As if that wasn’t enough, Vince was publicly humiliated by Miceli, who signed with WCW, and on the December 18, 1995 episode of Nitro, announced her signing, renounced the name “Alundra Blayze,” and dropped her WWF belt into a garbage can. Instead of holding a tournament to crown a successor, McMahon dropped the Women’s title. However, he never forgot what Miceli did, and this incident most likely was the motivating idea behind the famous screwjob in Montreal when Bret Hart “lost” his belt to Shawn Michaels.
But the women’s title wouldn’t remain dormant for long. Marc Mero’s wife and manager, Sable (Rena Mero Lesnar, nee Greek) was developing into a major attraction. Sable fit in perfectly with Vince McMahon’s new booking philosophy. In order to best WCW, which dominated in the number of stars, he reasoned that the best approach was to become edgier, so he pushed the envelope as far as it would stretch. Degeneration X (DX), the Nation of Domination, Los Boricuas, the Disciples of Apocalypse, Brian Pillman and Stone Cold Steve Austin were the new stars. It was only natural that the Women’s Title be reinstated.
An angle was devised wherein Marc Mero, Sable’s husband, would ditch the services of Sable in favor of those of the recently signed Jacqueline Moore. A feud developed between the two women and they met in a bikini contest at the Fully Loaded PPV in July 1998. This was the turning point in how McMahon would promote the women. Sable won the contest by displaying a pair of painted hands on her bare breasts. Disqualified by Vince McMahon on next night’s Raw because she did not wear a bikini, Sable and Jacqueline settled their differences in a match for the newly reinstated Women’s Title on the September 21, 1998 episode of Raw. Jacqueline won the belt after Marc Mero interfered, but Sable was able to reverse things a few months later at the November 15 Survivor Series PPV by powerbombing both Jacqueline and Marc.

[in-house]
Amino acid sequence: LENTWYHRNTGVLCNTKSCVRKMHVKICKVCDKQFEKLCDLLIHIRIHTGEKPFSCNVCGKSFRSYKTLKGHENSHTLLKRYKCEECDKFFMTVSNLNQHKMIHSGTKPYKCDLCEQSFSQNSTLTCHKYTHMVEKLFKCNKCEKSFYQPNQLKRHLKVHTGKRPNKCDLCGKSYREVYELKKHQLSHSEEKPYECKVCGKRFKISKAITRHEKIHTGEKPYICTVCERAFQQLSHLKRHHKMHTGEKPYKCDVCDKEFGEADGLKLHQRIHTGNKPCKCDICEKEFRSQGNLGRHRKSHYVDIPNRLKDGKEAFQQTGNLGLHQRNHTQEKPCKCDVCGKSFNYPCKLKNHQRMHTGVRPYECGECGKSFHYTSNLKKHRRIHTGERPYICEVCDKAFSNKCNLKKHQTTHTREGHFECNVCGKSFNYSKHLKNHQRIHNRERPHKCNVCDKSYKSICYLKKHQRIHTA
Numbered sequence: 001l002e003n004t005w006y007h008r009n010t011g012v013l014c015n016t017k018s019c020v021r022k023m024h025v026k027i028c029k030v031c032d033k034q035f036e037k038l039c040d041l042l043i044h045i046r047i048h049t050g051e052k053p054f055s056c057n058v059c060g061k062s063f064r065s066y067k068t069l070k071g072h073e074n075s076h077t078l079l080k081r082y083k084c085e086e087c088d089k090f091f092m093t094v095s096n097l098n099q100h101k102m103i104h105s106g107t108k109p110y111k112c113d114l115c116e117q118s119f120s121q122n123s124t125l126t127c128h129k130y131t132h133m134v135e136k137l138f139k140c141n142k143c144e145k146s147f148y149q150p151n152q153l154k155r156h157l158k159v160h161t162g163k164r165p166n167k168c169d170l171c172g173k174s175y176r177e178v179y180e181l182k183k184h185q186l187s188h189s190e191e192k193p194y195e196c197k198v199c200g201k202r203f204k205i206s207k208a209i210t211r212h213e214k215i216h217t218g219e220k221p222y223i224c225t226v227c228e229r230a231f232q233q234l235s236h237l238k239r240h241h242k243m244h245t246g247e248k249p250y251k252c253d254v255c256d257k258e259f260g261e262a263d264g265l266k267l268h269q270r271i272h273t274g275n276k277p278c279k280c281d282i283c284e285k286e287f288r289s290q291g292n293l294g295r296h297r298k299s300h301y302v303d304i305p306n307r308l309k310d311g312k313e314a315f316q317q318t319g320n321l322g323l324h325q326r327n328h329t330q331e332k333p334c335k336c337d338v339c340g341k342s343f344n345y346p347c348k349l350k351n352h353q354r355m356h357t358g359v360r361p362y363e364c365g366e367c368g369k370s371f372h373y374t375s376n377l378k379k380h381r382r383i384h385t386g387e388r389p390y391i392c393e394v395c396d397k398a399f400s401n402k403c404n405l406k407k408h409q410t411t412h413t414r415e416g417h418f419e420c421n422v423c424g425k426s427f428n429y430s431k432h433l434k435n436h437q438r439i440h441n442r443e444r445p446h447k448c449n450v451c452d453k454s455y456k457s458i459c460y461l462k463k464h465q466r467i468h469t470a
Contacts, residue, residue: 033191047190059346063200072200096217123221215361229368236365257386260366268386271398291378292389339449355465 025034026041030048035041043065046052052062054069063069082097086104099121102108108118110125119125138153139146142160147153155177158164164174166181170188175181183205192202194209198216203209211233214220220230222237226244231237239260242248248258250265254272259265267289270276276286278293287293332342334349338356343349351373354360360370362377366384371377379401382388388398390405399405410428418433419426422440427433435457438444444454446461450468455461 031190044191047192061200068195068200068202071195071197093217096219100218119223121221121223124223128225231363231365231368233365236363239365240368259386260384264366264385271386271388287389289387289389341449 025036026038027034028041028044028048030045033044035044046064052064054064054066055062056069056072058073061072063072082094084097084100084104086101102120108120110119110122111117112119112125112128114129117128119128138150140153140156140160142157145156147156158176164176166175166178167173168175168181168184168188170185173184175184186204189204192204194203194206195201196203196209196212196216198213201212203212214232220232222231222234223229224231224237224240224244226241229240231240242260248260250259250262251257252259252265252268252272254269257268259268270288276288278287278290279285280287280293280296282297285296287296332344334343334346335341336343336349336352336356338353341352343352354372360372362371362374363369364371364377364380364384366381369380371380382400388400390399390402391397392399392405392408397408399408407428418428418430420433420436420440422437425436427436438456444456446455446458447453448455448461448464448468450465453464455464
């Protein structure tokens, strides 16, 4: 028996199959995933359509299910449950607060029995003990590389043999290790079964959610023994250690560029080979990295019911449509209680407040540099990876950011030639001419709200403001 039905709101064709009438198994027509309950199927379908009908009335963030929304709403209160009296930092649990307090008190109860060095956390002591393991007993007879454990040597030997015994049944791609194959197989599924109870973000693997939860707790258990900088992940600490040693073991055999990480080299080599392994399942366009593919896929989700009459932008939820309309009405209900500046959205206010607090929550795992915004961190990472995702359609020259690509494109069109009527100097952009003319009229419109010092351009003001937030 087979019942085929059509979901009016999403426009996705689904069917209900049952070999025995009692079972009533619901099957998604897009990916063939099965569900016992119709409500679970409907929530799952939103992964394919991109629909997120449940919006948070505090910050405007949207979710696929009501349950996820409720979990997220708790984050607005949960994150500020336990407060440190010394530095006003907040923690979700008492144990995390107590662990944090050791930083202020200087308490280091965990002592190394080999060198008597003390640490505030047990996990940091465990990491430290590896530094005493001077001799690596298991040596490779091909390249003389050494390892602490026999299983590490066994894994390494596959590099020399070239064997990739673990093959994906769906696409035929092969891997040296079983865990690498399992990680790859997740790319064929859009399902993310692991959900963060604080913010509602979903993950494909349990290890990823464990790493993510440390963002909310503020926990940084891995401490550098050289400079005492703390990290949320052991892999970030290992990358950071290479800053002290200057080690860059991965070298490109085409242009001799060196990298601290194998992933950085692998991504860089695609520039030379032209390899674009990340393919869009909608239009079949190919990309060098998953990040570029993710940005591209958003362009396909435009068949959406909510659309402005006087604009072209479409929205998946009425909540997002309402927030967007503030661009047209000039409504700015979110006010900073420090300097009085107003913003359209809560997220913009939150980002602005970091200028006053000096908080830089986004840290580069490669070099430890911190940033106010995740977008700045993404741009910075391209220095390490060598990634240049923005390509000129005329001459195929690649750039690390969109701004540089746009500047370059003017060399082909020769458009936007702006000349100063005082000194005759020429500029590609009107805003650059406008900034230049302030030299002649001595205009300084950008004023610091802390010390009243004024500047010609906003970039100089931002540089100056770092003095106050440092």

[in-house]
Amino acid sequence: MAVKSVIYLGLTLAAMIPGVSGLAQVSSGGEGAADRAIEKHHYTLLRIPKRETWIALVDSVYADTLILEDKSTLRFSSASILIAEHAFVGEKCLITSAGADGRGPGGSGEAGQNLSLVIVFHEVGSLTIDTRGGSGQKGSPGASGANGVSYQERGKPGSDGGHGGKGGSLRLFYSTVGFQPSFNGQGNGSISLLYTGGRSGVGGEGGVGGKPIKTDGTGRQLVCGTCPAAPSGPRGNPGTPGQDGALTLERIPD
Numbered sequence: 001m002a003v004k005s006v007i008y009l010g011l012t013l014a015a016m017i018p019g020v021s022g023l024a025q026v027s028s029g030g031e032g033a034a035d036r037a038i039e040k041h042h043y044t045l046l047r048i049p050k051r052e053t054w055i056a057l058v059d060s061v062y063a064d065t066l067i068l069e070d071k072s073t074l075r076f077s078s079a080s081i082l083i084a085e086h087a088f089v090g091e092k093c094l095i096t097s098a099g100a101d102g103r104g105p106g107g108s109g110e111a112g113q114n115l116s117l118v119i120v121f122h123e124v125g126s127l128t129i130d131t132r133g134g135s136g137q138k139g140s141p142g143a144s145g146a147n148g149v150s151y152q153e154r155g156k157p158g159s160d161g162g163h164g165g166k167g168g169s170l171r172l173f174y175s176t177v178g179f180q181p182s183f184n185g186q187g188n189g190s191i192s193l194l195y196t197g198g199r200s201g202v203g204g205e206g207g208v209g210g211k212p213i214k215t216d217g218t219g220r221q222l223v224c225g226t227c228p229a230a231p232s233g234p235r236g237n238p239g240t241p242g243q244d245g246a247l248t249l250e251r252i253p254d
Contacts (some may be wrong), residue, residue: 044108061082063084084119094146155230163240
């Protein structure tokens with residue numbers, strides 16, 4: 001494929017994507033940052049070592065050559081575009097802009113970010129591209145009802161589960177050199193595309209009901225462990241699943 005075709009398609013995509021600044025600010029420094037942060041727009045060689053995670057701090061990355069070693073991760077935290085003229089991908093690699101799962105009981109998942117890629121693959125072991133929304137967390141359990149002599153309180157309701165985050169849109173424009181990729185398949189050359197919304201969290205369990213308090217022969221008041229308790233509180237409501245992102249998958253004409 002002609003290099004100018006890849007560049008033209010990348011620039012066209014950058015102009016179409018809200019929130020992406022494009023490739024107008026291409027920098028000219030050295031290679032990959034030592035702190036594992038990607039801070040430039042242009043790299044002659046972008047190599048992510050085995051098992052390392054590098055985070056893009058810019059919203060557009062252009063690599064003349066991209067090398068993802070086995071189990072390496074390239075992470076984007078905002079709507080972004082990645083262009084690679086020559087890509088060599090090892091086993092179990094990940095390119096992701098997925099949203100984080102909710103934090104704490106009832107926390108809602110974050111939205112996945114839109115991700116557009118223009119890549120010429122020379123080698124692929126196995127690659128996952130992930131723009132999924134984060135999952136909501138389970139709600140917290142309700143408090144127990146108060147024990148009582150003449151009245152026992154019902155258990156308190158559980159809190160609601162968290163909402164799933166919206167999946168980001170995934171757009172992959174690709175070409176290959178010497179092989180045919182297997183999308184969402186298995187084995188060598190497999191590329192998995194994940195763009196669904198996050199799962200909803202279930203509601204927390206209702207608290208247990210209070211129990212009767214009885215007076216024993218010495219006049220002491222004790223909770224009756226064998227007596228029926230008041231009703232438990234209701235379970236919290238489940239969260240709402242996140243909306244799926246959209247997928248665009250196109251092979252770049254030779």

This marked the first time (to my knowledge, anyway) that a woman wrestler would win a major title without the benefit of formal training or experience on the road. McMahon had taken a lesson from GLOW; he would now push the women based on their physical attributes and not on their physical abilities. But didn’t that strategy fail for GLOW? Yes, but – and this is a big but – GLOW was ahead of its time in that it was syndicated and couldn’t push the envelope as far as was necessary to ensure success. McMahon had the benefit of cable, which was more loosely regulated, and the PPV, which was analogous to an HBO or Showtime in terms of content. McMahon not only had far more financial resources than did David McLean, he also had a greater intuitive grasp of the business.